was the son of a Gloucestershire Knight. He was a man well read in the classics and a distinguished lawyer of Middle Temple. He was too an earnest reader of Scripture. He was arrested by order of More, taken to his house in Chelsea, tied to the "tree of truth" where More caused him to be whipped in the hope of discovering other "heretics". He was taken to the Tower where he was racked until he was lamed. When he was taken to the stake at Smithfield on 30th April 1531, he said "I die for having said it is lawful for every man and woman to have God's book . . ..that the true key of Heaven is not that of the bishop of Rome, but the preaching of the Gospel." At the stake, as the train of gunpowder ran towards him, Bainham lifted up his eyes towards Heaven and cried "God forgive thee and show thee more mercy than thou showest to me! The Lord forgive Sir Thomas More."


"He agreed with established English law, and with the lessons taught by the thousand-year experience of Christendom, that in order for peace to reign, heresy must be controlled. At the time, heresies were identified as seditious attempts to undermine existing authority .... More heard Luther's call to destroy the heart of Christendom, the Catholic Church, as a call to war. He therefore followed traditional procedures to ensure the safety of this legitimate and time-honored institution." - Gerard B. Wegemer, "Portrait of Courage", p. 136.



One doctor of Magdalene College Cambridge, excused More's persecution of Protestants at his house at Chelsea as "Pure invention" and that More regarded "heretics as we regard drug-pushers and poisoners of society" today.

William Tyndale considered Thomas More the great enemy of the free circulation of the Scriptures in the English tongue. More had singled him out by name on the title-page of The Dialogue in which he attacks Tyndale's New Testament and the Reformers. Tyndale had not sought controversy, but More's book left him no alternative but to reply, and in Tyndale's Answer, he tackles in a straightforward manner the real essence of the controversy between the Roman Church and the Reformers. In More's Confutation however, More states Tyndale is no longer a "heretic swollen with pride"- he is "a beast discharging filthy foam of blasphemies out of his brutish beastly mouth "- a "railing ribald" - a "drowsy drudge that has drunken deep in the devil's dregs" and so on. (William Tyndale, R. Demaus).


More himself refuted charges of torture throughout his life, swearing 'as helpe me God' that he had never used torture as a method of interrogation. He claimed that the heretics he detained in his household suffered 'neuer ... so much as a fyllyppe on the forehead'." - Peter Ackroyd "The Life of Thomas More", page 298

I do nobody harm, I say none harm, I thinke none harm, but wish everybody good. And if this be not enough to keep a man alive, in good faith I long not to live.
— Letter to his daughter, Margaret, 1535.

Further burnings followed at More's instigation, including that of the priest and writer John Frith in 1533. In The Confutation of Tyndale's Answer, More described him as "the devil's stinking martyr"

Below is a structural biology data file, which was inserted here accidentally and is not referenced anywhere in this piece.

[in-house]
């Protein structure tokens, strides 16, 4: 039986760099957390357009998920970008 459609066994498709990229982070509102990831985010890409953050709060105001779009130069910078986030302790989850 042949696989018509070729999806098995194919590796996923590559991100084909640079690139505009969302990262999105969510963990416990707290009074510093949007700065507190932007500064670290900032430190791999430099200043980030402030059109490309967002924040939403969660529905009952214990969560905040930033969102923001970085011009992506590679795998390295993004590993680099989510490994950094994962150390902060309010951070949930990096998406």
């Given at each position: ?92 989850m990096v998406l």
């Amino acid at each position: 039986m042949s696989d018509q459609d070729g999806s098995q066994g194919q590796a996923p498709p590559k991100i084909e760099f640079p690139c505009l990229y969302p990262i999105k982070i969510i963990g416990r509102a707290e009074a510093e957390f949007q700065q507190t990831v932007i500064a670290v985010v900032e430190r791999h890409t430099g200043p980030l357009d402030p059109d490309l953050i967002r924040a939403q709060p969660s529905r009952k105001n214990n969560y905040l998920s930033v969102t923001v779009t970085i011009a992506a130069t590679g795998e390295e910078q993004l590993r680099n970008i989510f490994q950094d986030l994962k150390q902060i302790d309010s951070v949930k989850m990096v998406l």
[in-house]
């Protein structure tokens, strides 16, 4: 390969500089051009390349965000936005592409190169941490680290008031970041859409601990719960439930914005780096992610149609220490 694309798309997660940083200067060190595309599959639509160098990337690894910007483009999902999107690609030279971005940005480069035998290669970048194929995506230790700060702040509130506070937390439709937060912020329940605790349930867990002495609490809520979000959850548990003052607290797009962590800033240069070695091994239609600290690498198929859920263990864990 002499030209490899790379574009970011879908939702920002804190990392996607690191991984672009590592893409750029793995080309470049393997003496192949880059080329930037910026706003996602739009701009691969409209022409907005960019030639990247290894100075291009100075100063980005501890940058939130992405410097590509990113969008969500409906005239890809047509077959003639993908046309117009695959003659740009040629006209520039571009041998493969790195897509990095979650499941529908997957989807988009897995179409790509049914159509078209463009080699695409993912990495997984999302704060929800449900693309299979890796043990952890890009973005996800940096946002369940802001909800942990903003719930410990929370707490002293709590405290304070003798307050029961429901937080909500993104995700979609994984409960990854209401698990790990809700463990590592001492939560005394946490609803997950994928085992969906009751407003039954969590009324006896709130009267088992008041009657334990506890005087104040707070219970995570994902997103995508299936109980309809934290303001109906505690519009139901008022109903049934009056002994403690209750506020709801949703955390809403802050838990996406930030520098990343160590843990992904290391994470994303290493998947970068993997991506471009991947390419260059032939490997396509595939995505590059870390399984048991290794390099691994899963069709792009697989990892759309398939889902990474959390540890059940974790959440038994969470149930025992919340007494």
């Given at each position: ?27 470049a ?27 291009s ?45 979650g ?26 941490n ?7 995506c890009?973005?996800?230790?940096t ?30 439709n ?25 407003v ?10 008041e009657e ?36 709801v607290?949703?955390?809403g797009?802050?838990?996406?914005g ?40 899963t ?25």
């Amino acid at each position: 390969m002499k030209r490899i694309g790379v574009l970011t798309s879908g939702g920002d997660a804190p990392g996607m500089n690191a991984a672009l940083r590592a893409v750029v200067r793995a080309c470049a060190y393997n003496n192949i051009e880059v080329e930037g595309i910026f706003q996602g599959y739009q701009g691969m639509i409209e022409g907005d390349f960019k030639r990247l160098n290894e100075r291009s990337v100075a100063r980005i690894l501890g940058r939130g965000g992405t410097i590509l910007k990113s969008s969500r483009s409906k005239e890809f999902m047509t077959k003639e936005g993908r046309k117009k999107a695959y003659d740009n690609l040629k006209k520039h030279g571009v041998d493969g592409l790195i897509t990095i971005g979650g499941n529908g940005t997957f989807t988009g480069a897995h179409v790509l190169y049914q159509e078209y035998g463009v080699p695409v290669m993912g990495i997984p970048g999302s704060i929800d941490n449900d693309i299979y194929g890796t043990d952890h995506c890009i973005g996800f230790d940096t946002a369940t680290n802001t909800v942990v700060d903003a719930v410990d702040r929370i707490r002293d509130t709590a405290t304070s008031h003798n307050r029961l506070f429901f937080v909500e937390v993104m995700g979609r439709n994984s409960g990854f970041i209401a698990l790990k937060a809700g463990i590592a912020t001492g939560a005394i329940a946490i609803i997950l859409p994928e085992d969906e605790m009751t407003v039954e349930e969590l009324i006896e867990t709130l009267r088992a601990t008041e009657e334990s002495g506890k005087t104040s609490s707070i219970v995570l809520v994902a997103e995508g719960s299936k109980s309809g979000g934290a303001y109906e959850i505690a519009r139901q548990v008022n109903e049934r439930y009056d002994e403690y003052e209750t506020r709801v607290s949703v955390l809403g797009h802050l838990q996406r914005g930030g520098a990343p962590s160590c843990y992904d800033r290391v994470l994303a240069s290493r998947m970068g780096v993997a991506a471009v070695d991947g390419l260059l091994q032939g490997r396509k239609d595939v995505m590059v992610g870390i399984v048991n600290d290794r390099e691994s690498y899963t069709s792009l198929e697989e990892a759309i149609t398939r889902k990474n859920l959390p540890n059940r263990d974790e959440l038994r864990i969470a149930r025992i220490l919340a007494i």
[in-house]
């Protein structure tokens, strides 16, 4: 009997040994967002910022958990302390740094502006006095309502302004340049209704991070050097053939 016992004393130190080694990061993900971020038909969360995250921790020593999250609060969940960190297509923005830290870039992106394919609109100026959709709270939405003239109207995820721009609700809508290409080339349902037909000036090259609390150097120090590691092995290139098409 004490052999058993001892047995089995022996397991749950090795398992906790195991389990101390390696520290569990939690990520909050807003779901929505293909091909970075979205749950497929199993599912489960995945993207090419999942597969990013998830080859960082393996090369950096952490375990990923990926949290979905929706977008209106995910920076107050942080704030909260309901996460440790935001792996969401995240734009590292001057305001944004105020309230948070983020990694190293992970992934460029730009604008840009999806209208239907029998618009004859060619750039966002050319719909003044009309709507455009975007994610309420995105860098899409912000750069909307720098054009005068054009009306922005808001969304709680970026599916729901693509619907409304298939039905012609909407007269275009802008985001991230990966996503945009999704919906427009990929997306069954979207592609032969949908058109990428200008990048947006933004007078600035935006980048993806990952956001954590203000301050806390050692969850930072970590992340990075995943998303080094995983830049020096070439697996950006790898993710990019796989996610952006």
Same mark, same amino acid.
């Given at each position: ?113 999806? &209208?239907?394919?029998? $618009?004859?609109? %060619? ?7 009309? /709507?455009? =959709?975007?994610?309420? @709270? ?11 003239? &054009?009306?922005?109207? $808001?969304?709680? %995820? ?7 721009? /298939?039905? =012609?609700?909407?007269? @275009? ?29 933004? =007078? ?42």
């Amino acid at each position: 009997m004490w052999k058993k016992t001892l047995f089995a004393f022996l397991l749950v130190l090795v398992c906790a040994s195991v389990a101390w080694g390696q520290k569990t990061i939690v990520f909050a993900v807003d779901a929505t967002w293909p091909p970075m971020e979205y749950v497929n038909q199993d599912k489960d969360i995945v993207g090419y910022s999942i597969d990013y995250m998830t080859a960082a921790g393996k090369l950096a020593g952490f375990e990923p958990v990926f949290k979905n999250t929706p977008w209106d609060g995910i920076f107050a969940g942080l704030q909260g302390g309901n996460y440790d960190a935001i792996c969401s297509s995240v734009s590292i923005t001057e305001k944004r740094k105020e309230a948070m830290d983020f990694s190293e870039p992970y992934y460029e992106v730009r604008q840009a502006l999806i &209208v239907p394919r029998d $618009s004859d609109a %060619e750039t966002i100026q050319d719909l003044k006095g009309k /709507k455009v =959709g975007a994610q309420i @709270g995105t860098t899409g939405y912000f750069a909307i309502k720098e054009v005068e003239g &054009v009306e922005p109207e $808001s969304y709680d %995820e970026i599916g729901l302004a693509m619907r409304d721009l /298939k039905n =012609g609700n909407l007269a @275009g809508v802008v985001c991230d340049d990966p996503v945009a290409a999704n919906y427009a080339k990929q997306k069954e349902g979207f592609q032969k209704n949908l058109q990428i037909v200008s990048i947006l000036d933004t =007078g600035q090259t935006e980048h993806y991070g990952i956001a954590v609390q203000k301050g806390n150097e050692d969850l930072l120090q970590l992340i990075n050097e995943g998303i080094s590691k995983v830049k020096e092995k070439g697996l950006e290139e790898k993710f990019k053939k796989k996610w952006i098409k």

Michael Farris in his From Tyndale to Madison (2007) states : that in April 1529 a heretic, John Tewkesbury, was taken by More to his house in Chelsea and so badly tortured on the rack that he was almost unable to walk. Tewkesbury was subsequently burned at the stake.



"By his own admission, he told minor lies for effect. (He once said that "Utopia" had been published without his knowledge, though in fact he had been preoccupied with getting it into print for almost a year.) He was also not above denouncing the conveniently dead or disgraced to whom he had once been allied. Whatever faults Henry VII may have had, Thomas More's father had certainly prospered under his patronage, yet the son denounced the old king as a tyrant when Henry VIII came to power. The same pattern applied after the disgrace of Thomas More's one-time colleague and predecessor as Chancellor, Cardinal Wolsey, with the difference that More himself had owed the imperious old prelate many debts of gratitude. After More's own fall from power, he denounced the Maid of Kent, Elizabeth Barton, after her execution. He did this despite the fact he had met with her on several occasions and had, at one time, lent much credence to her prophecies about the doom that would fall on the king because of his divorce of Catherine of Aragon. " - John Reilly
Catholic Encyclopedia entry Controversy with William Tyndale
St. Thomas More Website Sir Thomas More Unmasked by reformation.org

Sir Thomas More: a man for one season





Was Sir Thomas More a misogynist?

"I wanted to understand a man whose misogyny was obvious in his many derogatory statements about women. For example, when asked why he liked short women, he said that it was best to choose the lesser of evils.

When a mature man, More married a mere girl and got her pregnant so many times in such rapid succession that she lived only a few short years after marrying him.

More married his second wife, as the saying goes, while still in mourning clothes for his first. He mocked that second wife, Dame Alice, publicly. He wrote texts that associated women exclusively with sex and disgusting bodily functions like vomiting and diarrhea.

And, yet, More was exceptional for his time in educating his beloved daughter, the one great passion of his life, Margaret More Roper. ...

Thomas More lived five hundred years ago. We can't ask him to reconcile for us his hateful diatribes against women and his love of Margaret, his ant-like accumulation of worldly goods and his sacrifice for his beliefs.

The records just don't exist.

And, yet ... even though the More in these pages has to remain something of a cypher, even though More, as was the norm in his time, wrote with extreme caution in ambiguous, tradition-bound, unspontaneous and sometimes flowery prose, I felt I had an encounter, through Ackroyd's book, with a remarkable human being. I was in tears throughout the final passages leading up to More's death." ~ Danusha Goska, Amazon.com excerpted review of Peter Ackroyd's The life of Thomas More.